Accountable Reimbursement Plan Guidelines

Accountable reimbursement plans are a valuable resource for most churches and nonprofits. The size of your organization does not matter! Even the smallest churches and nonprofits should set up an expense reimbursement policy in order to legally reimburse their staff and volunteers.

Accountable reimbursement plans

An accountable reimbursement plan is an employee reimbursement arrangement or method for reimbursing employees for legitimate business (church/nonprofit) expenses.

If set up correctly, reimbursed business expenses do not have to be treated as taxable income.

However, reimbursing expenses tax free could turn into a nightmare for a church and their minister and/or staff if not done properly.

If there is no accountable reimbursement plan in place or a minister or church is audited and there is not proper supporting documents backing up the reimbursement claims, the reimbursements could be considered income for the minister or staff member. They would then owe penalties for not claiming the income…and it snowballs from there.

How to setup an Accountable Reimbursement Plan

See how to properly set up and administer an accountable reimbursement plan in my 16 page ebook:

Accountable Reimbursement Plans 

It also includes an example of a REQUIRED resolution ... PLUS examples of what to include in the plan and what not to include!

There are some very important DOs and DON'Ts on "often used" reimbursements as mileage and meals! 

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NOTE: the Accountable Reimbursement Plans ebook is also available in the last section of the "Minister Compensation and Taxes" ebook! You can purchase it for only $12.95!


How to Setup and Administer a Accountable Reimbursement Plan

Note that the rules for employee expense reimbursements are the same for churches and nonprofits as they are for all other businesses.

There are not any special rules for churches or nonprofits in relation to employees’ business expenses.

 In order to be accountable, your reimbursement policy should comply with the following rules:

  • Be adopted
  • Be written
  • Have a business connection
  • Require proper substantiation 
  • Require substantiation be submitted within a "reasonable" period of time
  • Require excess reimbursements be returned

Please read my ebook "Accountable Reimbursement Plans" available above for more details on those rules and how to implement them.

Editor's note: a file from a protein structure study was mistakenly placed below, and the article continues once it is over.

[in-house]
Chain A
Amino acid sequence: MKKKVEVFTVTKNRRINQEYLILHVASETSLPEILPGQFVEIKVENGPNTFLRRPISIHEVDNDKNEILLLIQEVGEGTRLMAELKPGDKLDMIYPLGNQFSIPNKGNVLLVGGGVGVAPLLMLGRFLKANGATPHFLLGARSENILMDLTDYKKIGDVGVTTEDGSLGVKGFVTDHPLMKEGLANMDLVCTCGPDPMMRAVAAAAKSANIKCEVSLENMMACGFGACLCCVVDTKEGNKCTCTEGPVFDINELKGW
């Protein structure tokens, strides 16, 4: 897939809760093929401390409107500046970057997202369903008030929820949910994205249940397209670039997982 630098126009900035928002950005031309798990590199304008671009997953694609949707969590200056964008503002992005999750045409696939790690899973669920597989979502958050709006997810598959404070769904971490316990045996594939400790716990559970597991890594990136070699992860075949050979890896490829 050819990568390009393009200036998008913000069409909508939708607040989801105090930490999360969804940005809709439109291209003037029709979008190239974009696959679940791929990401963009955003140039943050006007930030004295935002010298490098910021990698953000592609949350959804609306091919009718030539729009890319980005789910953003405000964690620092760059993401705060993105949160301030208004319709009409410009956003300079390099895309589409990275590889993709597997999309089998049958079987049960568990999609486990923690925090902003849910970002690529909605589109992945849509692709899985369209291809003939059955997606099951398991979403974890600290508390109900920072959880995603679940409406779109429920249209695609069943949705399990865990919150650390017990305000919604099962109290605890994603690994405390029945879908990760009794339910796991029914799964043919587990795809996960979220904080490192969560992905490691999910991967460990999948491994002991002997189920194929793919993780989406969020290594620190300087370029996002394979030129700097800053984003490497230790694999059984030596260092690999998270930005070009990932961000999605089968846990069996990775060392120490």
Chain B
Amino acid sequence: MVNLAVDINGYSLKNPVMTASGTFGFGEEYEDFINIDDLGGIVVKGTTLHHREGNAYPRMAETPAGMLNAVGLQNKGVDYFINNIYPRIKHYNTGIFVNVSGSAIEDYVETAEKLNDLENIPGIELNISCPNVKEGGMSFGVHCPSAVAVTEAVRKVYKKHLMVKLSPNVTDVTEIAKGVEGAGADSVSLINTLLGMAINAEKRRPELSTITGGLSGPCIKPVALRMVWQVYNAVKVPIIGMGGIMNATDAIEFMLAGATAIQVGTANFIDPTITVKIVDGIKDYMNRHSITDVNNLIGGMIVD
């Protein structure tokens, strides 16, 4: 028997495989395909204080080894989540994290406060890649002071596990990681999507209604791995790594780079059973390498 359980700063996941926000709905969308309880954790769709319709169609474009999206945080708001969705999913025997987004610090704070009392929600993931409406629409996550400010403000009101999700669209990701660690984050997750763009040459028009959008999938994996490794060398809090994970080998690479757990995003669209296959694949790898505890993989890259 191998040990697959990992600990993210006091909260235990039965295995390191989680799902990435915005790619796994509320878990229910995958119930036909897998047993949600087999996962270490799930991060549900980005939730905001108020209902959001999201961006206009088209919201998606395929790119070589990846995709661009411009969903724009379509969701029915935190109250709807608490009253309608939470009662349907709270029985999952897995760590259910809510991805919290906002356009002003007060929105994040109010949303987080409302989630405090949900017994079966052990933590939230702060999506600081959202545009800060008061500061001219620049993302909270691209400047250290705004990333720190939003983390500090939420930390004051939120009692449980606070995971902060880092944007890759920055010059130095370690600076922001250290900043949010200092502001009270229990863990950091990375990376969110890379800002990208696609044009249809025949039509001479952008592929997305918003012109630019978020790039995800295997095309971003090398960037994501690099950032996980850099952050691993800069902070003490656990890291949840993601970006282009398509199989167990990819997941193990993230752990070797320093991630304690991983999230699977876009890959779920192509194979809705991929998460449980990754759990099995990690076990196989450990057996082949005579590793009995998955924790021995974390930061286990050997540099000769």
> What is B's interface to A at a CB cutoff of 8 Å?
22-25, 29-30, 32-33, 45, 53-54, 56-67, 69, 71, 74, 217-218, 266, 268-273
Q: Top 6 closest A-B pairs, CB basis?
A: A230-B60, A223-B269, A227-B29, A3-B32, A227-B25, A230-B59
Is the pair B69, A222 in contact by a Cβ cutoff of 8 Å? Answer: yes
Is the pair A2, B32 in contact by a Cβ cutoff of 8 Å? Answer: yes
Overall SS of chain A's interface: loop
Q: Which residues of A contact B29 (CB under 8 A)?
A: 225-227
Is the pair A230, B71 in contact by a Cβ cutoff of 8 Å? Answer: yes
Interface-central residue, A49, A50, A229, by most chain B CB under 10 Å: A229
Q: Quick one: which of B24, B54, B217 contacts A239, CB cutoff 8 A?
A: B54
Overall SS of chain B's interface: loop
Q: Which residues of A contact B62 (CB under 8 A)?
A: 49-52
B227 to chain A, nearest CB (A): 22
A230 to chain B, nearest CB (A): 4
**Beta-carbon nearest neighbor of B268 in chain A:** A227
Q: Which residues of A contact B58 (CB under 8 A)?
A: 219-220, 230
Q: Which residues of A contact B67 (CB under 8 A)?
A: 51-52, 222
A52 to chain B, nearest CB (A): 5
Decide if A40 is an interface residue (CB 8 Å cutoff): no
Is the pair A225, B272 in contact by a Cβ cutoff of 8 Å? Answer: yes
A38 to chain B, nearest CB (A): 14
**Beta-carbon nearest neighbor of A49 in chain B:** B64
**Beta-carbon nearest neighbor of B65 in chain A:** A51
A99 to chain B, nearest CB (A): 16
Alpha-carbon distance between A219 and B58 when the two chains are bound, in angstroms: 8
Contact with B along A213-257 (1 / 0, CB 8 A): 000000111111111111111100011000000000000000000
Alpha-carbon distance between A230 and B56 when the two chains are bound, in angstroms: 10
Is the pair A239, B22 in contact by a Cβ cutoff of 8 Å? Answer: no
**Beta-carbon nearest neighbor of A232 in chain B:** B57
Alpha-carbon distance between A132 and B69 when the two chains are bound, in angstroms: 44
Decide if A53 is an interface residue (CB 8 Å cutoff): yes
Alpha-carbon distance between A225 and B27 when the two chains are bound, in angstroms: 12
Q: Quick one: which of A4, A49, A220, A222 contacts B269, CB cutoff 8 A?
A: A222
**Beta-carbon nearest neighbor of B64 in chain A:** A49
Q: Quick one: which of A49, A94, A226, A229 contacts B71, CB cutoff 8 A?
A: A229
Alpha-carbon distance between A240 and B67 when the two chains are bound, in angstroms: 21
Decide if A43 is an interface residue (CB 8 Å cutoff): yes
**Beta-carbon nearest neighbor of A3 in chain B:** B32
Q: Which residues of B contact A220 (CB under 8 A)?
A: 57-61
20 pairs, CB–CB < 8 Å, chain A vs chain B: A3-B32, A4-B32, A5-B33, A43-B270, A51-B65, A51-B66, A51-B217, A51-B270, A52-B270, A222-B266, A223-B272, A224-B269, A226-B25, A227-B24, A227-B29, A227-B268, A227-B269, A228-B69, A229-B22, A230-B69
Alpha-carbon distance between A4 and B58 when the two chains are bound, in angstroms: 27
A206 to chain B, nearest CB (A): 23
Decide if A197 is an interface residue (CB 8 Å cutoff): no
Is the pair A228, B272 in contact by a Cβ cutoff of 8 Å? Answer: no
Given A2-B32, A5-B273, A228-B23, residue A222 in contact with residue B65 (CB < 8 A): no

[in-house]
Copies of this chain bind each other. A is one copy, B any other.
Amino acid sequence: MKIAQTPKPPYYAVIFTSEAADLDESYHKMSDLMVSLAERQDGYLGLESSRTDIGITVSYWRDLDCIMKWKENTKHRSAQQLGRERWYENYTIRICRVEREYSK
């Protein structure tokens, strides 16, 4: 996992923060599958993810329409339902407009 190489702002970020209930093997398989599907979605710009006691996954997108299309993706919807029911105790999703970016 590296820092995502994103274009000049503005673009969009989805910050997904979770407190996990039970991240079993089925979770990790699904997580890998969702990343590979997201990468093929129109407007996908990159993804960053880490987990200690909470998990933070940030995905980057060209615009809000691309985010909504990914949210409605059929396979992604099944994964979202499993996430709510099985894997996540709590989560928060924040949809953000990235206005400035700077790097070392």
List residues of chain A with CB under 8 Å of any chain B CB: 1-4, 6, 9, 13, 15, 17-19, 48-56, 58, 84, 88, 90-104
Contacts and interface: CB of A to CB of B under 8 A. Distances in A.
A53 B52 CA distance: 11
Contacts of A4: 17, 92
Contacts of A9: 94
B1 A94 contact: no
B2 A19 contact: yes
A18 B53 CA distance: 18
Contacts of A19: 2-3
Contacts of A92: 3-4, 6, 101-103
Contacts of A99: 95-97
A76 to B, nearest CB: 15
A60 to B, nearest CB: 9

NOTE: Reimbursements cannot be made by reducing the employee's salary!

Adopting Appropriate Policies:

Before reimbursing employees, your church or nonprofit organization should ensure all of their tax-exempt funds are being properly expended by adopting appropriate policies such as the following:

  • Accountable Reimbursement Policy
  • Credit Card Policies and Procedures
  • Travel Reimbursement Policy

See some tips on creating these policies on this page: Creating an Accounting Policy Manual. There are also some free sample policies available for downloads on that page. 

3 Requirements:

There are 3 requirements for an effective and "legal" accountable reimbursement plan.

They are:

  • Must have a legitimate business purpose for every reimbursement
  • Must require employees to substantiate expenses
  • Must require employees to return any excess reimbursements

The last 2 components must be handled within a "reasonable time".

According to IRS Pub 463, the definition of "reasonable time" "depends on the facts and circumstances of your situation. However, regardless of the facts and circumstances of your situation, actions that take place within the times specified in the following list will be treated as taking place within a reasonable period of time".

There are 2 methods that meet the "reasonable time" requirements. See more on the fixed date and periodic statement methods in my Accountable Reimbursement Plan ebook.

6 Tips on Setting Up an Accountable Reimbursement Plan

How to legally reimburse church employee expenses

1) Include a budget for your accountable reimbursement plan that will “cap” the allowable amount for each staff member.

2) Include the proper wording in your policy to cover reimbursing your staff member directly for their eligible expenses and/or paying for those expenses directly. Either method is acceptable and you can include both in your policy.

3) Properly substantiate expenses. The IRS requires the church or nonprofit to maintain good records and have actual receipts for any expense over $75 (you may use this figure or set a lower limit such as $25) and proper documentation to back up expenses.

The documentation must include:

  • the purchase
  • amount
  • date
  • place
  • business nature of the expense

Church Accounting Package

Managing bookkeeping for churches can present unique challenges. Apart from standard accounting procedures, there is the additional task of managing restricted funds alongside the overall financial records.

You might be facing a chart of accounts overloaded with numerous unnecessary accounts from past volunteers. On top of that, you've come across errors in your payroll entries. These ebooks on church bookkeeping are specifically designed to assist you in handling these issues effectively.

Description page for the ebooks and bonuses included in the Bookkeeping for Churches Package